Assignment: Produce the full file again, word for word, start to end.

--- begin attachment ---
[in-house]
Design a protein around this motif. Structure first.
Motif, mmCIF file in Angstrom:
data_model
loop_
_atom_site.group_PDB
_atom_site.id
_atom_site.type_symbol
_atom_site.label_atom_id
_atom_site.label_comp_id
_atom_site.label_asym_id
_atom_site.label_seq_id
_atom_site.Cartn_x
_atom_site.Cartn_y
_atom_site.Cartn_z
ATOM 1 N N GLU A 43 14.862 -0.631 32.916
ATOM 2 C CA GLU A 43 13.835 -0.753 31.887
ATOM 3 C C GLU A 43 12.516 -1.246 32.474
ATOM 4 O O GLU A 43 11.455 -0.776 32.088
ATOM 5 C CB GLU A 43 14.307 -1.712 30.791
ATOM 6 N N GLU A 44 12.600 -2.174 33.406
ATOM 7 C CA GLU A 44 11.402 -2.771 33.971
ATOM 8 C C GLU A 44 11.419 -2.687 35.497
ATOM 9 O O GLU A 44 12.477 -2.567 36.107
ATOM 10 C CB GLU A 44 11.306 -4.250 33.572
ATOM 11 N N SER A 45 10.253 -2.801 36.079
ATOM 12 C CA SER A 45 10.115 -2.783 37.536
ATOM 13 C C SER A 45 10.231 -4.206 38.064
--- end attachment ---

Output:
[in-house]
Design a protein around this motif. Structure first.
Motif, mmCIF file in Angstrom:
data_model
loop_
_atom_site.group_PDB
_atom_site.id
_atom_site.type_symbol
_atom_site.label_atom_id
_atom_site.label_comp_id
_atom_site.label_asym_id
_atom_site.label_seq_id
_atom_site.Cartn_x
_atom_site.Cartn_y
_atom_site.Cartn_z
ATOM 1 N N GLU A 43 14.862 -0.631 32.916
ATOM 2 C CA GLU A 43 13.835 -0.753 31.887
ATOM 3 C C GLU A 43 12.516 -1.246 32.474
ATOM 4 O O GLU A 43 11.455 -0.776 32.088
ATOM 5 C CB GLU A 43 14.307 -1.712 30.791
ATOM 6 N N GLU A 44 12.600 -2.174 33.406
ATOM 7 C CA GLU A 44 11.402 -2.771 33.971
ATOM 8 C C GLU A 44 11.419 -2.687 35.497
ATOM 9 O O GLU A 44 12.477 -2.567 36.107
ATOM 10 C CB GLU A 44 11.306 -4.250 33.572
ATOM 11 N N SER A 45 10.253 -2.801 36.079
ATOM 12 C CA SER A 45 10.115 -2.783 37.536
ATOM 13 C C SER A 45 10.231 -4.206 38.064